The gameplay mechanics are all menu driven, but lack some features that I have come to take for granted. This is hardly a problem but does provide a painful reminder of how far the Fantasy series has come. Battles are all done in turn based style, you enter the commands for your party such as fight, magic, use item, etc. and then the action of the battle gets carried out. FF4 uses the ATB, or Active Time Bar system. The player can chose either a Wait type battle, that will stop time, or the Active option, that will keep time moving no matter what. When I speak of time, I mean exactly that. While you are in a fight the monsters and you recover and attack according to the stats. If your character has a slow stamina, they will take longer to actually do their action (attack, magic, etc.), while of they have a higher stamina the attack will come quickly after you enter the command. Having the option set to Wait will pause this time when you are in a menu to select items or magic types and such. This is helpful to those new to the genre, or those who prefer a more strategic pace of battle.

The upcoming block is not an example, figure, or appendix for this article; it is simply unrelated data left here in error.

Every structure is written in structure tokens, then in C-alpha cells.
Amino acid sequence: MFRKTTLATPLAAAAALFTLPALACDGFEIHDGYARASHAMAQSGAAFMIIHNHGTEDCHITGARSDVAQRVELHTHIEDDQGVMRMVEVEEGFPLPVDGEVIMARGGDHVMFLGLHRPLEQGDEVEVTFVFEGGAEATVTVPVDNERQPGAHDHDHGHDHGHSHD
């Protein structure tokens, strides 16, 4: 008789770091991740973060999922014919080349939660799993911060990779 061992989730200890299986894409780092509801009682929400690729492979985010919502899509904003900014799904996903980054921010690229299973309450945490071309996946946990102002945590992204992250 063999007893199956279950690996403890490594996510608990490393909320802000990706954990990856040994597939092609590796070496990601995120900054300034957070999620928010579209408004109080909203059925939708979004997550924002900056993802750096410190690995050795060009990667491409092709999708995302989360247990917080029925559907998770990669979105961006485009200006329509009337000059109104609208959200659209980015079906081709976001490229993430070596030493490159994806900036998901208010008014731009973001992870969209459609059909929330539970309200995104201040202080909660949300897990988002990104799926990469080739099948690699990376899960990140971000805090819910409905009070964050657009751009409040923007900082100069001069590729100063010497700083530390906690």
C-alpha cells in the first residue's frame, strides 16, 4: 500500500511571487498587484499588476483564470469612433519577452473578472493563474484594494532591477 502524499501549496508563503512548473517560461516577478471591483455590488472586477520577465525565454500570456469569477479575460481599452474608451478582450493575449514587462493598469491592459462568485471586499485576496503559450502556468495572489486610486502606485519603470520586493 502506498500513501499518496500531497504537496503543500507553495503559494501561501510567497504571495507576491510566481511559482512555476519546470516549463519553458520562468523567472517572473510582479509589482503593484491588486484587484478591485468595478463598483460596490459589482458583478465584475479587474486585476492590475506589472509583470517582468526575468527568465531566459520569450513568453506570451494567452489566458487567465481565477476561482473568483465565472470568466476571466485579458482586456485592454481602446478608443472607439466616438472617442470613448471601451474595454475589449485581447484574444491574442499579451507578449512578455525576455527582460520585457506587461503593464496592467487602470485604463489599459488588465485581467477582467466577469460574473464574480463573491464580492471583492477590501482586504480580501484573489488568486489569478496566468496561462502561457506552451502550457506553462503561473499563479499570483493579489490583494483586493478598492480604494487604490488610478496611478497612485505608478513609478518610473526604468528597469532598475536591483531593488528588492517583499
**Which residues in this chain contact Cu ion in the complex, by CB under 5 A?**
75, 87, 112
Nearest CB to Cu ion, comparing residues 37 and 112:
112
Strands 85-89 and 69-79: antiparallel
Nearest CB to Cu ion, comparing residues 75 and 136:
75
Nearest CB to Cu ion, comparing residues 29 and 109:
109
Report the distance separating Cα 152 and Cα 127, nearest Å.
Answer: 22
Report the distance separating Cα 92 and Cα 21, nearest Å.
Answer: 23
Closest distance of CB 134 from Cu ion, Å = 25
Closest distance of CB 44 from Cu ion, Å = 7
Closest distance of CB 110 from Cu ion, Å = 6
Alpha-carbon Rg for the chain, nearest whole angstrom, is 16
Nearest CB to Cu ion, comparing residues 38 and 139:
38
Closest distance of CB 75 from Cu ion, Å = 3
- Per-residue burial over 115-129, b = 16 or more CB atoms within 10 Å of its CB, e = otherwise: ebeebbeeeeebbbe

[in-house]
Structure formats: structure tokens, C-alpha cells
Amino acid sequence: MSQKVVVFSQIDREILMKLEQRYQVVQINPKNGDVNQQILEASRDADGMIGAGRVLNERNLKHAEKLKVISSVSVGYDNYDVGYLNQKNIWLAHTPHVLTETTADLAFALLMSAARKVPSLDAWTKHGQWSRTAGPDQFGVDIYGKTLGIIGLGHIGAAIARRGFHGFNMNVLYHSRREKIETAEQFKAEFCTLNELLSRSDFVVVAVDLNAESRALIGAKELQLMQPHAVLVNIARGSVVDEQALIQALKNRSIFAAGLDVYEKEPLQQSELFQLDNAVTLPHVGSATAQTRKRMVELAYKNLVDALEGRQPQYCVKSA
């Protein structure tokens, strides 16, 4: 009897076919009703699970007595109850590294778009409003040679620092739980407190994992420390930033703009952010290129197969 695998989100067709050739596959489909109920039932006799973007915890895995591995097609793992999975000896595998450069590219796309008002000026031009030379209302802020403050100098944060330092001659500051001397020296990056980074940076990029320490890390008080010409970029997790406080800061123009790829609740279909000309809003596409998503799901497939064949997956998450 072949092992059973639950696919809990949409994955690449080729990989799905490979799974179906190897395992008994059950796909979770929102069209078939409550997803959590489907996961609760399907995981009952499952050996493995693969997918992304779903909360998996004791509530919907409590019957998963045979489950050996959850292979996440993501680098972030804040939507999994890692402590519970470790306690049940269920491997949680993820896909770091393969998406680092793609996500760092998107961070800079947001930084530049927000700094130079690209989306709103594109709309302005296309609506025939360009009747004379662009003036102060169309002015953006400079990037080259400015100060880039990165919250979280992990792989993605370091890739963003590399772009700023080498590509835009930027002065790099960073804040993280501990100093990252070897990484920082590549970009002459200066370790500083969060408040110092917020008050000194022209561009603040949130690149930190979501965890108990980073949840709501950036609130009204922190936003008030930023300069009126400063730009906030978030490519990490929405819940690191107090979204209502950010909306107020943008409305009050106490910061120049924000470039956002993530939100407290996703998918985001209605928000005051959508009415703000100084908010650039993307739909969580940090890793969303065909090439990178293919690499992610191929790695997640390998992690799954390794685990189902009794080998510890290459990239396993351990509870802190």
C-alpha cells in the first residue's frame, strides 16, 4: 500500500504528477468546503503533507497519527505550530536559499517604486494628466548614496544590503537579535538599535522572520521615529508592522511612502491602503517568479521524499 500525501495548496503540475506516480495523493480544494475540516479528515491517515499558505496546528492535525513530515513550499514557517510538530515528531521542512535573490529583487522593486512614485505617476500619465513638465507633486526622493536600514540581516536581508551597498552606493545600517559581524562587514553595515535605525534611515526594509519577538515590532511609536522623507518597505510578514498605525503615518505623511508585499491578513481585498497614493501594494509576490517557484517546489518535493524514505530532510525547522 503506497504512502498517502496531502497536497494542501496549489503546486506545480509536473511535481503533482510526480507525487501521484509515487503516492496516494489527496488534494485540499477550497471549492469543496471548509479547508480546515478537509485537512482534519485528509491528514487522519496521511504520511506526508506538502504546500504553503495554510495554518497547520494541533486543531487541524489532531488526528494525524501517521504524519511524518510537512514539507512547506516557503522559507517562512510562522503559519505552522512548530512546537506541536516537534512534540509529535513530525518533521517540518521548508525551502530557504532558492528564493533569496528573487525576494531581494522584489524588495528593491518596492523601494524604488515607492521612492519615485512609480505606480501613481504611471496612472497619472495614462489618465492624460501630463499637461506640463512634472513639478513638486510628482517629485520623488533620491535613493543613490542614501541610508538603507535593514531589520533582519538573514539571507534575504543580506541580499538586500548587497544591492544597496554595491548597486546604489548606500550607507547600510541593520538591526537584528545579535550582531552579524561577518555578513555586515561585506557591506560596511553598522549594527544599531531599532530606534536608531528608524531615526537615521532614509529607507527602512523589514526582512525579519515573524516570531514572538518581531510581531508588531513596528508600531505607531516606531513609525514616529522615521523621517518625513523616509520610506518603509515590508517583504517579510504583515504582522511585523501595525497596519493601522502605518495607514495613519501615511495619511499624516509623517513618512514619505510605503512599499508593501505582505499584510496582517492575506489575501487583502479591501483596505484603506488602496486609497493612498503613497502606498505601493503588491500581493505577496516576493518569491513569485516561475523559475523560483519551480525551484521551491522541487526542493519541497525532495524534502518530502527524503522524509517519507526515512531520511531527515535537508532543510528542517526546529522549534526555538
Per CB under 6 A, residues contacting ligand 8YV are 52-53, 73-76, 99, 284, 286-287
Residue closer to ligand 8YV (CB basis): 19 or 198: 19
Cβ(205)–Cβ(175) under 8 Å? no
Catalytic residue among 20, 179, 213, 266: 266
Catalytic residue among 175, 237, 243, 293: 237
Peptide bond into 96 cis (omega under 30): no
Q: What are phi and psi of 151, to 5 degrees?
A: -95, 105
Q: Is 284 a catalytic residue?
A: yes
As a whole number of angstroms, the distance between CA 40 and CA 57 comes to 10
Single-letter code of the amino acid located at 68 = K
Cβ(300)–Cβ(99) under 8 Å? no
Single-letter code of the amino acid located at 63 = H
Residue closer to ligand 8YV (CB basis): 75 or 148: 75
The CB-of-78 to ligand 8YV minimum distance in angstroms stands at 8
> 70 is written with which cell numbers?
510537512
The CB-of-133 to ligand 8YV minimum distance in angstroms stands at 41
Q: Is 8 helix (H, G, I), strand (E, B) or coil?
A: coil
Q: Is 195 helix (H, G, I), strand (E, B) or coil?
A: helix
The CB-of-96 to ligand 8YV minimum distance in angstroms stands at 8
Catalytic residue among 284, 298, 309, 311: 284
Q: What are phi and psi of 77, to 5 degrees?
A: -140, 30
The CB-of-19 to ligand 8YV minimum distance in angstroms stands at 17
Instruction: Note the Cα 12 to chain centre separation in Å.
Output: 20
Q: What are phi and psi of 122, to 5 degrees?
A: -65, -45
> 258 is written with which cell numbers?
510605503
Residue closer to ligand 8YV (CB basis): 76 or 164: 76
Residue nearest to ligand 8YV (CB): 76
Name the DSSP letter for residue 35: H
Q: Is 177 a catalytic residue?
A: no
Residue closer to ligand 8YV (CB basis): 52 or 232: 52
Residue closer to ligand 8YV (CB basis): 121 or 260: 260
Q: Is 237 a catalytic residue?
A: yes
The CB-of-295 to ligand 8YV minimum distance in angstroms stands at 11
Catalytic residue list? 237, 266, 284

The battles in Chrono Trigger use this same ATB system. The difference is in the Tech moves offered. When battling with other characters you will learn Tech moves over a period of time. Each won battle earns a set amount of Tech Points these point are tallied up toward reaching an amount that will eventually cause character(s) to learn these so-called Techs. Techs are special moves, either individually, dual, or even triple. By battling alongside different characters, different Techs will eventually be learned. This is a bonus, seeing which Techs will be learned with which combination of characters gives the battles a fresh appeal.